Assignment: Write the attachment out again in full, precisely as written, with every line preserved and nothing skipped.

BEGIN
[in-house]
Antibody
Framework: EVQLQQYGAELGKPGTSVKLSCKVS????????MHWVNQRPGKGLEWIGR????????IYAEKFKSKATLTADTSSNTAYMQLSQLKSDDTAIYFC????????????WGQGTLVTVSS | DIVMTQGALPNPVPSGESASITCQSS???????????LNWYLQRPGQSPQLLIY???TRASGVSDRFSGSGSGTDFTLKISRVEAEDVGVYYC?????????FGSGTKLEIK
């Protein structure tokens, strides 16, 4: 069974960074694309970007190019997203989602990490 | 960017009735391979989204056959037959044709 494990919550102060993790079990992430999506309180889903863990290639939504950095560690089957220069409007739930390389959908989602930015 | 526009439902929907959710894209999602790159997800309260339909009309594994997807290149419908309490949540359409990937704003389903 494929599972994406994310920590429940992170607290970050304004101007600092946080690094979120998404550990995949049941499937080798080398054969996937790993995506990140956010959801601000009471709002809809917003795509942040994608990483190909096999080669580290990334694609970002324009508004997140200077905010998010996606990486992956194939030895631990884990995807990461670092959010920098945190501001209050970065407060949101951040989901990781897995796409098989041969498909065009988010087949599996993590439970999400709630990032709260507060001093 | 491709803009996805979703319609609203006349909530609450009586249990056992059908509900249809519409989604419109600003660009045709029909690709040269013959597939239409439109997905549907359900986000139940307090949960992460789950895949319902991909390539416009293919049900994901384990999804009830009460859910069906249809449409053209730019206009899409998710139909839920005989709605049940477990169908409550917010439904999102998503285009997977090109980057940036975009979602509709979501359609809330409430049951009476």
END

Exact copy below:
[in-house]
Antibody
Framework: EVQLQQYGAELGKPGTSVKLSCKVS????????MHWVNQRPGKGLEWIGR????????IYAEKFKSKATLTADTSSNTAYMQLSQLKSDDTAIYFC????????????WGQGTLVTVSS | DIVMTQGALPNPVPSGESASITCQSS???????????LNWYLQRPGQSPQLLIY???TRASGVSDRFSGSGSGTDFTLKISRVEAEDVGVYYC?????????FGSGTKLEIK
């Protein structure tokens, strides 16, 4: 069974960074694309970007190019997203989602990490 | 960017009735391979989204056959037959044709 494990919550102060993790079990992430999506309180889903863990290639939504950095560690089957220069409007739930390389959908989602930015 | 526009439902929907959710894209999602790159997800309260339909009309594994997807290149419908309490949540359409990937704003389903 494929599972994406994310920590429940992170607290970050304004101007600092946080690094979120998404550990995949049941499937080798080398054969996937790993995506990140956010959801601000009471709002809809917003795509942040994608990483190909096999080669580290990334694609970002324009508004997140200077905010998010996606990486992956194939030895631990884990995807990461670092959010920098945190501001209050970065407060949101951040989901990781897995796409098989041969498909065009988010087949599996993590439970999400709630990032709260507060001093 | 491709803009996805979703319609609203006349909530609450009586249990056992059908509900249809519409989604419109600003660009045709029909690709040269013959597939239409439109997905549907359900986000139940307090949960992460789950895949319902991909390539416009293919049900994901384990999804009830009460859910069906249809449409053209730019206009899409998710139909839920005989709605049940477990169908409550917010439904999102998503285009997977090109980057940036975009979602509709979501359609809330409430049951009476």